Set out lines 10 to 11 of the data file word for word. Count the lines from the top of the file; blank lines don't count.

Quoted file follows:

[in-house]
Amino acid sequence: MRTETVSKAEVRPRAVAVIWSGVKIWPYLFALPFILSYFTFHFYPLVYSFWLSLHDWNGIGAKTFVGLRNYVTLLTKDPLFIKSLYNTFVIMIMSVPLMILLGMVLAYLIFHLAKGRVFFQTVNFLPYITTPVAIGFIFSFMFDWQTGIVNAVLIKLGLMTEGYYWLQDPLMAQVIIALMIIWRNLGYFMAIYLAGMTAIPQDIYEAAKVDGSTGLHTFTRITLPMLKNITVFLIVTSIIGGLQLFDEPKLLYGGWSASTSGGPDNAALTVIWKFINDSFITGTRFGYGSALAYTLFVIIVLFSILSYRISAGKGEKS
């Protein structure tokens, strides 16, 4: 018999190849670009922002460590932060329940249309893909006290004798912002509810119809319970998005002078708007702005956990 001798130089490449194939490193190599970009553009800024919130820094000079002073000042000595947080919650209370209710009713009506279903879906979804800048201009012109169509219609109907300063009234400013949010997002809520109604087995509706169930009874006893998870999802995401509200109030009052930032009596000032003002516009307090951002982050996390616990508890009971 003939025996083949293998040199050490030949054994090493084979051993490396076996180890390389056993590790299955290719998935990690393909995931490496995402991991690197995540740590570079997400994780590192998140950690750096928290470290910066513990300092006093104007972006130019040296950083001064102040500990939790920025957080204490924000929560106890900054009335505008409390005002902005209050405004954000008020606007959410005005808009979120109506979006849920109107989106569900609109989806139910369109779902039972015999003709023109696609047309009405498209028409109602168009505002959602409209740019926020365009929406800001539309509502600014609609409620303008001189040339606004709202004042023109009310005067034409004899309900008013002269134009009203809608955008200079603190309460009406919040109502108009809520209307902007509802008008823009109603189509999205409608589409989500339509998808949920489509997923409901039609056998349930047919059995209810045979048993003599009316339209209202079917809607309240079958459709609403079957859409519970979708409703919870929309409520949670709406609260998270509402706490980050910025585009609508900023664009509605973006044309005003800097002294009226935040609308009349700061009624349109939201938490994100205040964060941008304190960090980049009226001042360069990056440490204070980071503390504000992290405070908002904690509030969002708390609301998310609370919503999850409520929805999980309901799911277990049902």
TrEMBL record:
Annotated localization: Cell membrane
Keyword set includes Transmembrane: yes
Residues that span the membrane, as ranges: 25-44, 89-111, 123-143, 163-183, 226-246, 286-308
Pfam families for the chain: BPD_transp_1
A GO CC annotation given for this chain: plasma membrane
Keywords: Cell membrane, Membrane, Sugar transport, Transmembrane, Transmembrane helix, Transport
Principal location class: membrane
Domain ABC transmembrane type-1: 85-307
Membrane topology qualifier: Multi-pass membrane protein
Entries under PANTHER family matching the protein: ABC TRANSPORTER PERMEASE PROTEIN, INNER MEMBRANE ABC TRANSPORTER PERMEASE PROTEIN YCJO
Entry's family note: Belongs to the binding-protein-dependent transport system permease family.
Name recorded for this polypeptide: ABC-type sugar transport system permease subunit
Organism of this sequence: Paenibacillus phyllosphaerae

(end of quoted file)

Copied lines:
Keywords: Cell membrane, Membrane, Sugar transport, Transmembrane, Transmembrane helix, Transport
Principal location class: membrane